Review: The Woyzeck

Woyzeck’s lover icily tells him that no one touches her without permission, and Woyzeck retorts with surprise that his lover has developed character. However, character is exactly what Acting Like Mad’s production of The Woyzeck lacks.

Büchner’s original Woyzeck is taken from a true story about a man who killed his lover but claimed madness. It centres on the poor and oppressed man, subjected by his status to acting lower than an animal, and leads us to question whether man or society is to blame for his actions. Büchner died before he could finish Woyzeck or put the scenes in order, which makes the script interesting to experiment with, allowing every production to offer something different. In this adaptation by Sebastian Rex (who is also artistic director of Acting Like Mad), the supporting characters are nameless caricatures: The Lover, The Drunk and The Oppressor. The actors use big gestures and flat characters, losing their way as the style evolves from something Brechtian into naturalism, then physical theatre, then back again. I studied Woyzeck in-depth at A Level so am familiar with the play and some of its different interpretations, yet was left at a loss as to the intent of this convoluted version.

Rex’s script isn’t sure of itself and neither is the delivery from the actors. Laird does have authority in his role as The Oppressor, but it is never quite clear whether he is playing multiple roles or simply one character who amalgamates several of the male characters from the original play. Büchner’s vivid descriptions don’t sit convincingly in the dialogue between Sarah Hall (The Drunk) and Elisa King (The Lover), meaning this comes across as forced. Edward Evans plays Woyzeck as seemingly unaware that he is ill –  we can imagine Rex has directed Evans to play a madman as a sane man. This isn’t a problem in itself, but the character is let down by Evans’ dullness of tone and very clear snap into madness (which, if it wasn’t obvious enough, is clearly indicated in James E. Anderson’s soundtrack).

There are aspects of the play that are heavily overdone. Although I appreciate the social significance of Büchner’s play, I think it’s still fair to say that the animal metaphors are overused. Rex has left these in the script but Evans’ impressively accurate physical portrayal of the animals stops this seeming excessive. Similarly, the physicalisation of Laird and King’s sex scene is heated and rhythmical, and leaves an impact. The guillotine motif, however, is wildly overdone: a guillotine sits suspended (and unused) above the stage throughout, the lake is made of guillotine shards, the baby is made of guillotine shards, even King’s earrings are gargantuan shards. The motif is clear – the sharp shapes and garish primary colours have even made their way into the costume design – yet we are left unsure why Rex has placed so much importance upon Woyzeck’s beheading. The original Woyzeck was reportedly the last man to have ever been punished by beheading but this ending wasn’t written by Büchner, leaving it open for interpretation. We are left confused, not knowing if the guillotine motif is intended as an image of Woyzeck’s violence or of his martyrdom.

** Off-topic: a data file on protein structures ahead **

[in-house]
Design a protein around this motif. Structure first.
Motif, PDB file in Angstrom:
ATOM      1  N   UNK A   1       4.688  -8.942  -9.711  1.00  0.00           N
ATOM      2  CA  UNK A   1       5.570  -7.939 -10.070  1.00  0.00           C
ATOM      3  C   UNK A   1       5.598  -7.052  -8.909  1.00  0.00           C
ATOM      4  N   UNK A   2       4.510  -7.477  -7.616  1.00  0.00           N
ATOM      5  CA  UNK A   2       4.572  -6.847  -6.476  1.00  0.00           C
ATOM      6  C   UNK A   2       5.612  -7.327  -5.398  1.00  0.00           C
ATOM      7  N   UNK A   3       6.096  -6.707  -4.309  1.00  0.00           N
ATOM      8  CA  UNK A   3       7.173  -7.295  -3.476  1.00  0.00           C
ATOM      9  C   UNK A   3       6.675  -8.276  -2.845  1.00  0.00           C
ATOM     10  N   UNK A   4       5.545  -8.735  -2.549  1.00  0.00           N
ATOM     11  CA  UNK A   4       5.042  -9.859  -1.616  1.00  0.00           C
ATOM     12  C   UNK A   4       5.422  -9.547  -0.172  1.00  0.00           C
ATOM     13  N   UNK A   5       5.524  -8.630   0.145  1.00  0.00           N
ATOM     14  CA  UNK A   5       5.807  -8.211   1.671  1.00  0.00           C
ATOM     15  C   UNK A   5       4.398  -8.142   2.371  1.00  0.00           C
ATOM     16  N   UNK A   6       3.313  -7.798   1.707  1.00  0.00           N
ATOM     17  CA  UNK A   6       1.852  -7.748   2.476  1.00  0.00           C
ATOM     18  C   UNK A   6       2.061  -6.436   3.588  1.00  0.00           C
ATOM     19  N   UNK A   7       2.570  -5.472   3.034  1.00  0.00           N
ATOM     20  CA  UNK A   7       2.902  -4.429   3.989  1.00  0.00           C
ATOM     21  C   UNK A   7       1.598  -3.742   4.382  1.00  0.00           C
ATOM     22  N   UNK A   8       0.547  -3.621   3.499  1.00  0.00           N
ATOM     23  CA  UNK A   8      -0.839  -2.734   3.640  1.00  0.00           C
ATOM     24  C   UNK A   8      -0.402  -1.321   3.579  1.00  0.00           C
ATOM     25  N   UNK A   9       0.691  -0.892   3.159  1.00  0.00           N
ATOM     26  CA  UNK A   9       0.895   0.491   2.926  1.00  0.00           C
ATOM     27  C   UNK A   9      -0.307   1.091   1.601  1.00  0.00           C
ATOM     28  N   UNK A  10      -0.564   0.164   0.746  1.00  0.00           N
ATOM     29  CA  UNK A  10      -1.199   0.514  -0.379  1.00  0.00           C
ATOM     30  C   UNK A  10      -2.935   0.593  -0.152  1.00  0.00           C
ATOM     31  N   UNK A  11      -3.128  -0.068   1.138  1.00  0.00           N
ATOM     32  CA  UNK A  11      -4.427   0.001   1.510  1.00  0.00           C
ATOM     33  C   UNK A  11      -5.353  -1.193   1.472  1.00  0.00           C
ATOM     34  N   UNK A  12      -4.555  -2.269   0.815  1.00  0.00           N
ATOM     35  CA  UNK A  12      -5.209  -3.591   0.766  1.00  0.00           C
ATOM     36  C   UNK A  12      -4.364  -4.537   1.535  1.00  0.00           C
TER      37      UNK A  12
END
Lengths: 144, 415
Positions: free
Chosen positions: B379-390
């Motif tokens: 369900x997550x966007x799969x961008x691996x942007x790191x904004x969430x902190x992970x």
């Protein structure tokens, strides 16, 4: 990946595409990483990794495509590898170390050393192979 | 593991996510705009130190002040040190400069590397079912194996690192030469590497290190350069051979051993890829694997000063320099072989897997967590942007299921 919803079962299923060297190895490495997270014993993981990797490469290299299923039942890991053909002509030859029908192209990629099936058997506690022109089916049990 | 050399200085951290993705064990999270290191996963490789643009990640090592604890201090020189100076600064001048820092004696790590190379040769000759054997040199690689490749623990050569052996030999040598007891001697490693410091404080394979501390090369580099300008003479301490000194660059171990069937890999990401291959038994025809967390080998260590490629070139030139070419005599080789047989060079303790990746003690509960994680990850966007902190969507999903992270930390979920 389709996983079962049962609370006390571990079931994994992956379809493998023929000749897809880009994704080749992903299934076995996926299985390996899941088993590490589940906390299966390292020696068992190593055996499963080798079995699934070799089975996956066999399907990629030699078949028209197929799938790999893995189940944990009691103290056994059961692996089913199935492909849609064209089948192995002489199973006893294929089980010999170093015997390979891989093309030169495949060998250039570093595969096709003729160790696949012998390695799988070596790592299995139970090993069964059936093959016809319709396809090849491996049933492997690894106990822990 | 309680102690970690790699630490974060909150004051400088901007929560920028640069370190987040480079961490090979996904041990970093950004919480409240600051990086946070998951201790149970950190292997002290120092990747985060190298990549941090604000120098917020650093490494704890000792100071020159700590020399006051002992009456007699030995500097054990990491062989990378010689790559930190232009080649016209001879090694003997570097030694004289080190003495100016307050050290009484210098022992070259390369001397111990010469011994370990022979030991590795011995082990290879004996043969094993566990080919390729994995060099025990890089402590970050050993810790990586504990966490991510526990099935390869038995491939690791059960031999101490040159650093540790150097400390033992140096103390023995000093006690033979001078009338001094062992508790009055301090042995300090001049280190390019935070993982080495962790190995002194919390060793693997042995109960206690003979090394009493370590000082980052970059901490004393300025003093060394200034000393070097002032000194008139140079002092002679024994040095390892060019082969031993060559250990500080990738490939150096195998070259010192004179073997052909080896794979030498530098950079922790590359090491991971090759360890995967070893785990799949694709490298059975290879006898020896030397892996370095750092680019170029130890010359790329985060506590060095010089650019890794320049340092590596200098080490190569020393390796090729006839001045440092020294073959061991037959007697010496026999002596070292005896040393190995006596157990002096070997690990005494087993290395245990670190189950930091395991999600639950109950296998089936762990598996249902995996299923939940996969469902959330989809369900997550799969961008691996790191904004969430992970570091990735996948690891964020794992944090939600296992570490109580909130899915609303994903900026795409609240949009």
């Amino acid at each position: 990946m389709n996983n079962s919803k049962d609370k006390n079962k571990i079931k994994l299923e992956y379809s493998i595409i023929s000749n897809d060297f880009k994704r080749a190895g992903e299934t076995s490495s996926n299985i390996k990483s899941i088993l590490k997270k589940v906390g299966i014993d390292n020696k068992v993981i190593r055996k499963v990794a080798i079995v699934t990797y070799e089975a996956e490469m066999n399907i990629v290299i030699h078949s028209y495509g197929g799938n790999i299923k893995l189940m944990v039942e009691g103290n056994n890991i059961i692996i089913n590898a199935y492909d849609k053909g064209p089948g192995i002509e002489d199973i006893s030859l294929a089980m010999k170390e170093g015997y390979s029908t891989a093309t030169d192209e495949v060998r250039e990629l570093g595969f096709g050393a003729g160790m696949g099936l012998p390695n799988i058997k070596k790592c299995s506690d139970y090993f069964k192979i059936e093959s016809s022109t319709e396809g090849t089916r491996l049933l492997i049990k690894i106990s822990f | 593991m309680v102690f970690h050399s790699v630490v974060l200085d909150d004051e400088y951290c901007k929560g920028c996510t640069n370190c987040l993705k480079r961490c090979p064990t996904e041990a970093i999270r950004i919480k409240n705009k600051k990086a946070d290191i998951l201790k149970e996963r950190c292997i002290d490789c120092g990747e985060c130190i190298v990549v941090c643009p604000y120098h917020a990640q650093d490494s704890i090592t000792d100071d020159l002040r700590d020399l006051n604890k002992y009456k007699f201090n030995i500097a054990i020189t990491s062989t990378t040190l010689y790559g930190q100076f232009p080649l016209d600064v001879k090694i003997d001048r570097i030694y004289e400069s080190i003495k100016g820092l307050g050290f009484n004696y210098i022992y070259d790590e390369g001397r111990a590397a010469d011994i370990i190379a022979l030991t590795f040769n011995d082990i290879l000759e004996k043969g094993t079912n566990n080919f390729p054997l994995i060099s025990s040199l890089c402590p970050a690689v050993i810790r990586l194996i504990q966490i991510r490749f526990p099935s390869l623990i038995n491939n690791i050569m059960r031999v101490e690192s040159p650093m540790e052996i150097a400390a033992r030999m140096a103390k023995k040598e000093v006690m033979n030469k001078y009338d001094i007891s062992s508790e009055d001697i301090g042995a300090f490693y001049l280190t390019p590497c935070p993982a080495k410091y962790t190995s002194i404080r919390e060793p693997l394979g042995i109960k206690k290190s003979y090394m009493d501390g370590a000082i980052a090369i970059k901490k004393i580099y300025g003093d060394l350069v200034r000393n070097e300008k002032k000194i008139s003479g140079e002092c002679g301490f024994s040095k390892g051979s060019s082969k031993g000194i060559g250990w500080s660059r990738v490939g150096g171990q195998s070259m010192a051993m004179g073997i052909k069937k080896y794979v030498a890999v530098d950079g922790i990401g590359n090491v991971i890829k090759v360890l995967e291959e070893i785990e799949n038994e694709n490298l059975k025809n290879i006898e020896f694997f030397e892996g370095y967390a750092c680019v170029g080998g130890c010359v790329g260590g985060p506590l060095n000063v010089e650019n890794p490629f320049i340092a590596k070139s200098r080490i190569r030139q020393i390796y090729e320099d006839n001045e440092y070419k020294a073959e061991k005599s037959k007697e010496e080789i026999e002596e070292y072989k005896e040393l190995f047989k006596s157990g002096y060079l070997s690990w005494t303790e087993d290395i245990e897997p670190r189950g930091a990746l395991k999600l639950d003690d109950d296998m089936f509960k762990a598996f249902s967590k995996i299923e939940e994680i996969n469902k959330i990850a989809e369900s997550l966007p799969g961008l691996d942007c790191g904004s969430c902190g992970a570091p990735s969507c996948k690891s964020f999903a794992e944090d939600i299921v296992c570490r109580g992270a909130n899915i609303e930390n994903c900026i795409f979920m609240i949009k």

The Woyzeck has no clear direction. The production looks low budget and the performances fail to hold the audience, making this production appear unprofessional. You can see that there were good ideas in the production, but the lack of an overriding sense of order means they simply do not work.

The Woyzeck runs at the New Diorama Theatre until 13 October. For more information and tickets, see the New Diorama Theatre website. Photograph by Richard Davenport.


Veronica Aloess

Veronica Aloess

Veronica Aloess is currently Duty Manager of the Battersea Arts Centre and a freelance writer. She has written subtitles for major production companies and channels including the BBC, and written for publications including The Stage, Broadway Baby and One Stop Arts. She trained at Arts Educational Schools London Sixth Form and graduated with a First in English and Creative Writing from Brunel University, as well as completing a year with MGC Futures and the Soho Young Company.